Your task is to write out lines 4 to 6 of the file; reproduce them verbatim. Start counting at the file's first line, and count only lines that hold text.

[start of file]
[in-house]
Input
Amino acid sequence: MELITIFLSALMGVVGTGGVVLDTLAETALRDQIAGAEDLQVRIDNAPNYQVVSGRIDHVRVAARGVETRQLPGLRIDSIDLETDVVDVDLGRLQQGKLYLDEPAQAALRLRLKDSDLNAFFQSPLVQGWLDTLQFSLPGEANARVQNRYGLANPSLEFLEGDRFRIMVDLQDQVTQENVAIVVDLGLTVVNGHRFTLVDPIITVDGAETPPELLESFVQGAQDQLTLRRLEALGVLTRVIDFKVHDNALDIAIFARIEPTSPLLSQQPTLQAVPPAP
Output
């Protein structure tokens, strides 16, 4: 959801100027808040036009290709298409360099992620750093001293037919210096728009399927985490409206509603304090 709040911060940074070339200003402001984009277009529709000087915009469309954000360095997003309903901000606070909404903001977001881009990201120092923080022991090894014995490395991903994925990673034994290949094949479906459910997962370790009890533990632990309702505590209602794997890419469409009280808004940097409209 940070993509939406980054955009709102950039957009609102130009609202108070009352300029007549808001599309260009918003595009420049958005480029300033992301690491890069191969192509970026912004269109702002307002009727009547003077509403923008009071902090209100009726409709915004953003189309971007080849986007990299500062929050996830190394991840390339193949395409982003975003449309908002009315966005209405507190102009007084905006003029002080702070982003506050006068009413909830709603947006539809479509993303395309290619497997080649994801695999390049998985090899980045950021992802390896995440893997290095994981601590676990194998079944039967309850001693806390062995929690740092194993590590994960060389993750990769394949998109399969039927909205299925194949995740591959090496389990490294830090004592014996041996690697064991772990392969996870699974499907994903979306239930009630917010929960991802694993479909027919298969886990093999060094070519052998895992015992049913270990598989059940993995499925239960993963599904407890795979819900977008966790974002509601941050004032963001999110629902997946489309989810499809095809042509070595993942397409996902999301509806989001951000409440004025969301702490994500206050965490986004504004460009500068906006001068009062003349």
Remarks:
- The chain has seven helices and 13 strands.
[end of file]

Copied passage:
Output
């Protein structure tokens, strides 16, 4: 959801100027808040036009290709298409360099992620750093001293037919210096728009399927985490409206509603304090 709040911060940074070339200003402001984009277009529709000087915009469309954000360095997003309903901000606070909404903001977001881009990201120092923080022991090894014995490395991903994925990673034994290949094949479906459910997962370790009890533990632990309702505590209602794997890419469409009280808004940097409209 940070993509939406980054955009709102950039957009609102130009609202108070009352300029007549808001599309260009918003595009420049958005480029300033992301690491890069191969192509970026912004269109702002307002009727009547003077509403923008009071902090209100009726409709915004953003189309971007080849986007990299500062929050996830190394991840390339193949395409982003975003449309908002009315966005209405507190102009007084905006003029002080702070982003506050006068009413909830709603947006539809479509993303395309290619497997080649994801695999390049998985090899980045950021992802390896995440893997290095994981601590676990194998079944039967309850001693806390062995929690740092194993590590994960060389993750990769394949998109399969039927909205299925194949995740591959090496389990490294830090004592014996041996690697064991772990392969996870699974499907994903979306239930009630917010929960991802694993479909027919298969886990093999060094070519052998895992015992049913270990598989059940993995499925239960993963599904407890795979819900977008966790974002509601941050004032963001999110629902997946489309989810499809095809042509070595993942397409996902999301509806989001951000409440004025969301702490994500206050965490986004504004460009500068906006001068009062003349």
Remarks: